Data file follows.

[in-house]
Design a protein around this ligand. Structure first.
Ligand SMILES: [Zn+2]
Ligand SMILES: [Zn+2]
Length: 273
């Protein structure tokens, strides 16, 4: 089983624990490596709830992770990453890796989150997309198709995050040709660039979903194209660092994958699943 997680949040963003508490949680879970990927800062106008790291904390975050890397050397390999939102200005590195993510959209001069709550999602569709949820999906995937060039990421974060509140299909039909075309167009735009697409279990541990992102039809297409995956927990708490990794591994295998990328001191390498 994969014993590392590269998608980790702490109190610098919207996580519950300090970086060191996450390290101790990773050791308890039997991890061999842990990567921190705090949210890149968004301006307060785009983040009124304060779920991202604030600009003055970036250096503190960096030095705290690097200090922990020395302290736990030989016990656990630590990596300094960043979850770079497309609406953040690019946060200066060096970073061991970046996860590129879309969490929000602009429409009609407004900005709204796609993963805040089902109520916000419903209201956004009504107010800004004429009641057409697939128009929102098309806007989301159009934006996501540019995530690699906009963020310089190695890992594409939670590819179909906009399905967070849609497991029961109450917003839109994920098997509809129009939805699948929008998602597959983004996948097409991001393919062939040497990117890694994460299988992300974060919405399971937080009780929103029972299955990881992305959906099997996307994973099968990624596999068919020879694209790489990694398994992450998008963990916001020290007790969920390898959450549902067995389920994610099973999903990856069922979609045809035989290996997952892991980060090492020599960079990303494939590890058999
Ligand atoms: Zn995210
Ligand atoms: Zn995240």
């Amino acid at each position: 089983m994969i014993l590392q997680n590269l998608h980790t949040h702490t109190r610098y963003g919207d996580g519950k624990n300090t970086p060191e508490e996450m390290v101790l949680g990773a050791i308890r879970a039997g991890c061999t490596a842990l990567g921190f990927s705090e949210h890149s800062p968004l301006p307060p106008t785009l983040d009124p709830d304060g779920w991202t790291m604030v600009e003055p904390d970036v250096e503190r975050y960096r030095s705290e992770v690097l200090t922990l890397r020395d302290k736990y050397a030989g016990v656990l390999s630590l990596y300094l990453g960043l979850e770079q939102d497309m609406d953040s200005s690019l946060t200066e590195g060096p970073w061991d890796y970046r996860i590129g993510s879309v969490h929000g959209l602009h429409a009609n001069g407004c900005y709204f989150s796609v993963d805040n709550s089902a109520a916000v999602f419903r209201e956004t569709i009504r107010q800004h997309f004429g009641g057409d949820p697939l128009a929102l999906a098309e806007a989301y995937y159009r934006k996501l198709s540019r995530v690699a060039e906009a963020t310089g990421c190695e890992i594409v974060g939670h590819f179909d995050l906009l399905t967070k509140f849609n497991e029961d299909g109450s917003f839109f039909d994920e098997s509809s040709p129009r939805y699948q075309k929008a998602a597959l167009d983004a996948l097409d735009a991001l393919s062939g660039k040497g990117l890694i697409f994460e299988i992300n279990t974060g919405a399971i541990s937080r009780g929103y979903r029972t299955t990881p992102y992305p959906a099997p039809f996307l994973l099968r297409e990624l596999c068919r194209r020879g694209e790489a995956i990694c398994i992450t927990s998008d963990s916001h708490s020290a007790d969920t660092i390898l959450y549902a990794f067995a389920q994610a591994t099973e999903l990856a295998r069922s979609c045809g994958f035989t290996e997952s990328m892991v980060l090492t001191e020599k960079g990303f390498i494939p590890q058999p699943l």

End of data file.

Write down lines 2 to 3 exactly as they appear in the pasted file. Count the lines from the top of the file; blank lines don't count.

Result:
Design a protein around this ligand. Structure first.
Ligand SMILES: [Zn+2]